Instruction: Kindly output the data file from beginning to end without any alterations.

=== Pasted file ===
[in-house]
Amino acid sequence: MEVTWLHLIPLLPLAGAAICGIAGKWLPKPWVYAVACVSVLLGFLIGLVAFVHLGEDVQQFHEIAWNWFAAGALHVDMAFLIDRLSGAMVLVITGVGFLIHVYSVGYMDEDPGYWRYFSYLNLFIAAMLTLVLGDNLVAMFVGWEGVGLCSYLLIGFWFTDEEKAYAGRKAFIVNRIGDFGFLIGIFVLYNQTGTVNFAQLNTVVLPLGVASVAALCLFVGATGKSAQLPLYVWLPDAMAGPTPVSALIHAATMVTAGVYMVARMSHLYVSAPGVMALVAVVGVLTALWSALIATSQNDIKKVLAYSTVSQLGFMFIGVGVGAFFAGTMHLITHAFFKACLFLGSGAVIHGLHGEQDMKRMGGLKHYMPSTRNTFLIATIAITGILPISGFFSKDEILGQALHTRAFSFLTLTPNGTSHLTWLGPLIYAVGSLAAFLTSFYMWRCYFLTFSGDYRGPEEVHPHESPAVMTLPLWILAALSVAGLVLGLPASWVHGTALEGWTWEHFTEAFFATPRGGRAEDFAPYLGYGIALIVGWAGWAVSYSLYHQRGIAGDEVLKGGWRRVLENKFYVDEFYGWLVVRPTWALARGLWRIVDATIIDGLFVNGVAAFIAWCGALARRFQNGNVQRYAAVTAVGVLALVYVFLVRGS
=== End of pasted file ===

[in-house]
Amino acid sequence: MEVTWLHLIPLLPLAGAAICGIAGKWLPKPWVYAVACVSVLLGFLIGLVAFVHLGEDVQQFHEIAWNWFAAGALHVDMAFLIDRLSGAMVLVITGVGFLIHVYSVGYMDEDPGYWRYFSYLNLFIAAMLTLVLGDNLVAMFVGWEGVGLCSYLLIGFWFTDEEKAYAGRKAFIVNRIGDFGFLIGIFVLYNQTGTVNFAQLNTVVLPLGVASVAALCLFVGATGKSAQLPLYVWLPDAMAGPTPVSALIHAATMVTAGVYMVARMSHLYVSAPGVMALVAVVGVLTALWSALIATSQNDIKKVLAYSTVSQLGFMFIGVGVGAFFAGTMHLITHAFFKACLFLGSGAVIHGLHGEQDMKRMGGLKHYMPSTRNTFLIATIAITGILPISGFFSKDEILGQALHTRAFSFLTLTPNGTSHLTWLGPLIYAVGSLAAFLTSFYMWRCYFLTFSGDYRGPEEVHPHESPAVMTLPLWILAALSVAGLVLGLPASWVHGTALEGWTWEHFTEAFFATPRGGRAEDFAPYLGYGIALIVGWAGWAVSYSLYHQRGIAGDEVLKGGWRRVLENKFYVDEFYGWLVVRPTWALARGLWRIVDATIIDGLFVNGVAAFIAWCGALARRFQNGNVQRYAAVTAVGVLALVYVFLVRGS